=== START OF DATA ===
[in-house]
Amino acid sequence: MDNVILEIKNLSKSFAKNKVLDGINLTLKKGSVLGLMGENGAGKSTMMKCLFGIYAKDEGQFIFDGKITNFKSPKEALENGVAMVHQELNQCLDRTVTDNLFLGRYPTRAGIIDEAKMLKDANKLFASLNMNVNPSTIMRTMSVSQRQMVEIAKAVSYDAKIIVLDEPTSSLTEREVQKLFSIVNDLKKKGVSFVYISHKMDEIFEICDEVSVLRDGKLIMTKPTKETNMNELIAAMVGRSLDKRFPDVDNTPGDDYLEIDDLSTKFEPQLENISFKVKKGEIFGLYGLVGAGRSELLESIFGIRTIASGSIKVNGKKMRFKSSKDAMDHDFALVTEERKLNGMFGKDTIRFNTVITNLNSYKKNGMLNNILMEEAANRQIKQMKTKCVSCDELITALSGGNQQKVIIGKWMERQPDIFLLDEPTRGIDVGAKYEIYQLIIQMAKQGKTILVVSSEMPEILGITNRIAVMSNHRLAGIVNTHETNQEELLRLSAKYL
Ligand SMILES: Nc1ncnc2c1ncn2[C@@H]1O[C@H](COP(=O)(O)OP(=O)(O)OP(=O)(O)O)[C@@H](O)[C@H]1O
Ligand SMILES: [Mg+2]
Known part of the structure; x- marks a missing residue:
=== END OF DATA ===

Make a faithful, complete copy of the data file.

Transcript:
[in-house]
Amino acid sequence: MDNVILEIKNLSKSFAKNKVLDGINLTLKKGSVLGLMGENGAGKSTMMKCLFGIYAKDEGQFIFDGKITNFKSPKEALENGVAMVHQELNQCLDRTVTDNLFLGRYPTRAGIIDEAKMLKDANKLFASLNMNVNPSTIMRTMSVSQRQMVEIAKAVSYDAKIIVLDEPTSSLTEREVQKLFSIVNDLKKKGVSFVYISHKMDEIFEICDEVSVLRDGKLIMTKPTKETNMNELIAAMVGRSLDKRFPDVDNTPGDDYLEIDDLSTKFEPQLENISFKVKKGEIFGLYGLVGAGRSELLESIFGIRTIASGSIKVNGKKMRFKSSKDAMDHDFALVTEERKLNGMFGKDTIRFNTVITNLNSYKKNGMLNNILMEEAANRQIKQMKTKCVSCDELITALSGGNQQKVIIGKWMERQPDIFLLDEPTRGIDVGAKYEIYQLIIQMAKQGKTILVVSSEMPEILGITNRIAVMSNHRLAGIVNTHETNQEELLRLSAKYL
Ligand SMILES: Nc1ncnc2c1ncn2[C@@H]1O[C@H](COP(=O)(O)OP(=O)(O)OP(=O)(O)O)[C@@H](O)[C@H]1O
Ligand SMILES: [Mg+2]
Known part of the structure; x- marks a missing residue: